Follow by Email

Thursday, September 26, 2013

Chronicles of Pirate attack survivor…………………




Date: 09 Sep 2009

Time: 12.00 noon


It was a normal routine day. After hours of grinding, all the crew members along with officers including me were salivating on Indian desi food in duty officer’s mess. Sharing sea tales, banters or news from home was regular practice in around the lunch hour. All of a sudden, the duty officer on bridge called for Captain on the speaker which was unusual as amplifiers are used only for specific announcements. Befuddled, we all got alarmed by hearing his panicky voice. Nobody ever anticipated an attack on the area we were sailing. We had almost transited the high risk area and in the safe waters. With bated breadth, everyone waited for the inevitable. Another announcement came within seconds. Our Ship is under attack!!

Our ship BW LION was attacked some 400 nautical miles north-east of the Seychelles. This was the longest range of pirate attack off the Somalia coast ever.

Bw Lion before the attack

 All hell broke loose.Instantly all ran for their muster points.Two other supernumerary congregate and myself on bridge as it was our muster station on emergencies. Using binoculars, I saw two speeding white skiff boats just 10 miles away from our liner. Due to the enormous size of vessel and being loaded with crude oil, we could only increase the speed to some extent. But the skiffs rapidly came towards us.



I looked out of the bridge window and saw one small boat with five black people just 20 yards away. All of them clearly were carrying the rifles. Kudos to the officers including my husband who went away on deck to turn on the water/fire hoses. Within minutes we heard an almighty bang. One of the men carrying a bazooka aimed right at us. The grenade struck one level below. It was the Captain’s day room.The fire alarm went berserk as the rocket propeller pierced into the walls and the entire quarters engulfed in blazes. Few of the crew members scurried towards fire spot with extinguishers to prevent the flames spread across other areas.We heard continuous plunk of bullets.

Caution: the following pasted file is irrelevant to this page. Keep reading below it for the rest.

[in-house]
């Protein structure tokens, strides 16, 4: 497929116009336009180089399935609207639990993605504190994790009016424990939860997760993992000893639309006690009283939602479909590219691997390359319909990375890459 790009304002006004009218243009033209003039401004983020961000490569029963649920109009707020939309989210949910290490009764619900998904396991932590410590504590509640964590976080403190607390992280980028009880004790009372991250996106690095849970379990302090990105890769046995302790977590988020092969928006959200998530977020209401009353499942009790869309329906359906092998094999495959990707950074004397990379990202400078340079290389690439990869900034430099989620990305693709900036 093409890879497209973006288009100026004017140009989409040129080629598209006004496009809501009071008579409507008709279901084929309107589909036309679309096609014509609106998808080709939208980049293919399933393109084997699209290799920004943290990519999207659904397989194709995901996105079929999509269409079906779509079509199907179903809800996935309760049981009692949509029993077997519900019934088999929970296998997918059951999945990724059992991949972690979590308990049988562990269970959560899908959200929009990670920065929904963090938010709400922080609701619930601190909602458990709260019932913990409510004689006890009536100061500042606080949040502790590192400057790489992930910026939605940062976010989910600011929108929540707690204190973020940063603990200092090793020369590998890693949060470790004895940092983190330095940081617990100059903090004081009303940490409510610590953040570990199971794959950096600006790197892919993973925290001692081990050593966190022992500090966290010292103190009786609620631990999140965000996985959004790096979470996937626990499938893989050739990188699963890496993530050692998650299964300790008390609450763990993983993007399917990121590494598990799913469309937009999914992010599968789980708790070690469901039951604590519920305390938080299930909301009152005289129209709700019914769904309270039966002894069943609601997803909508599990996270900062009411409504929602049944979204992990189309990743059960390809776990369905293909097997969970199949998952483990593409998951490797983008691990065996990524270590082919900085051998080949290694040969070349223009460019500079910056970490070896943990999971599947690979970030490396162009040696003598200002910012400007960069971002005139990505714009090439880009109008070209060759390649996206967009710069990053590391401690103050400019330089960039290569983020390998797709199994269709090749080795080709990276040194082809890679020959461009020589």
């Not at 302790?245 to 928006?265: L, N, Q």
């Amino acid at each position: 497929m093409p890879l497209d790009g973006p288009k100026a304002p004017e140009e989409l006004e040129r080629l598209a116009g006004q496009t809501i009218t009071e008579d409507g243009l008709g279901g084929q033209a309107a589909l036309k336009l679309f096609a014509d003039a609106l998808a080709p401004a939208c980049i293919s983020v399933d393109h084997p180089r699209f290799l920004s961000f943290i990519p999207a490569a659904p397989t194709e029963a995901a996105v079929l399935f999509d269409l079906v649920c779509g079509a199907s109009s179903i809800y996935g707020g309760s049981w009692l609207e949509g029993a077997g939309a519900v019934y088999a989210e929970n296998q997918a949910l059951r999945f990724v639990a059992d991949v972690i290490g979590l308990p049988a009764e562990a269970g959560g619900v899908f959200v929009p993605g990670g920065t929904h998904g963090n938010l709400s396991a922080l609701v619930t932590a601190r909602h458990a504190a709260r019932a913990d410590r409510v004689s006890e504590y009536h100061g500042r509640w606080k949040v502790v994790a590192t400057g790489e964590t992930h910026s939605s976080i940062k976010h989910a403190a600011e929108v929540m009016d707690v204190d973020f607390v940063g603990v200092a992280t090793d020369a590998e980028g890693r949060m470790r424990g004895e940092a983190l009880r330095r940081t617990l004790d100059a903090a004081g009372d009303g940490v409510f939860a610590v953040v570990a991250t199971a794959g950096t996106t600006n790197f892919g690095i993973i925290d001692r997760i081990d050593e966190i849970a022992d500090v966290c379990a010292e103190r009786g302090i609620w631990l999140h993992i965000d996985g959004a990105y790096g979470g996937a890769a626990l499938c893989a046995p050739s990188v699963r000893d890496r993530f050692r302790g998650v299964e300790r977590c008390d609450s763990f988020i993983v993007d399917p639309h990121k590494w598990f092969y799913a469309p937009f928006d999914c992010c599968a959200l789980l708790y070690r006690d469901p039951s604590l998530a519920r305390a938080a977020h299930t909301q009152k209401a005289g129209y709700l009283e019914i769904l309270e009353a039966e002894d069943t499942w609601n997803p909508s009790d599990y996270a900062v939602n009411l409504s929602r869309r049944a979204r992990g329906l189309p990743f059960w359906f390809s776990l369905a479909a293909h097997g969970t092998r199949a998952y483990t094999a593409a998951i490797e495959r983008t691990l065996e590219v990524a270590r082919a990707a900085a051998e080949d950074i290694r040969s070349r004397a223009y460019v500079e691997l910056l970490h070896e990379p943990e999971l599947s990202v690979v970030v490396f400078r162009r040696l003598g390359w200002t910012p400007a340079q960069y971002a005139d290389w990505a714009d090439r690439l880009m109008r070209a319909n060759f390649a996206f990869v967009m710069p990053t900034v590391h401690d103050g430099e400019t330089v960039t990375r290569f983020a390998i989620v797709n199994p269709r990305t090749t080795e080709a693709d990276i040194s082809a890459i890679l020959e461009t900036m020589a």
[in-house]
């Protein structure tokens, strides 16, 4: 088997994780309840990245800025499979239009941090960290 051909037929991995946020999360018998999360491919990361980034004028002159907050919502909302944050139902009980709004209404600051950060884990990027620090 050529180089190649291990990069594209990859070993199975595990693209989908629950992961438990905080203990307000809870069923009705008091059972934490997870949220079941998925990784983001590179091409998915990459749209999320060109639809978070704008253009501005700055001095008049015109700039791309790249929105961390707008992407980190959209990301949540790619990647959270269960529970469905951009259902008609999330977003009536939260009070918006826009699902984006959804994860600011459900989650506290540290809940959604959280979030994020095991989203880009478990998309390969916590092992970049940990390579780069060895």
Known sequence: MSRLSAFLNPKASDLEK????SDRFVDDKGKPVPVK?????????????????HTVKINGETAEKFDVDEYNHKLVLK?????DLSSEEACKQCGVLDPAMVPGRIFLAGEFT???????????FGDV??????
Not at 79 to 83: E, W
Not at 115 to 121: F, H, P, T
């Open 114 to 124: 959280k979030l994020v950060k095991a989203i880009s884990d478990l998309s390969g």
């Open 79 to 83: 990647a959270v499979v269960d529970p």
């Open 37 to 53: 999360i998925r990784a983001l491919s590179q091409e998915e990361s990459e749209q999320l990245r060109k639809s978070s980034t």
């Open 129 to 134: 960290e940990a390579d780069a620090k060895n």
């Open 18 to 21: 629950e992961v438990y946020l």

Somalian pirates with rocket launchers and AK-47


The bombardment lasted for more than two hours, and several areas of the ship, including the front bridge area, were damaged by Ak-47 and rocket launchers. Two of the pirates even gestured towards us to stop the engines. But that was out of the question. The only measure was to take evasive actions, repelling the attackers not to board the vessel.
Concurrently a distress call and radio mayday was sent to the office and to international maritime security services. Throughout the two hour ordeal, people from UKMTO were in constant touch and guided us with further actions.

Needless to say we all were scared shit, especially the wives. Our security was the top priority for them. One of the officers was with us at all times. The main intention was to drag  the pirates as long till they ran out of fuel to make it to shore. At last after continuous chasing the Master and crew were able to prevent the marauders to board, through a combination of evasive maneuvering,  maintaining full sea speed, effective use of water hoses and anti-boarding measures. Also we got air help from the French naval in nick of time.

Picture captured from air plane during the attack


We were directed to sail towards the nearest shore possible. We burst into a round of applause and happy tears when were told the pirates had been defeated and now are in safer waters. Everybody took a sigh of relief.



Hours after the chaotic moment’s reality smacked. Not a soul ever wanted to imagine the aftermaths of being captured.Salute to Captain and other officers who showed tremendous courage and professionalism throughout the nightmare.

After signing off from the ship, me and my husband was invited to Singapore office and a lavish party was organized in our honor. I still get goose bumps whenever I revisit the incident. But the black memorabilia is a thing of the past  and it had made me more stronger. I do not live in constant fear now and the unpleasant incident certainly does not dissuade me to sail again.
After all……………………………...................................................................................................

“I learned that courage was not the absence of fear, but the triumph over it. The brave man is not he who does not feel afraid, but he who conquers that fear.”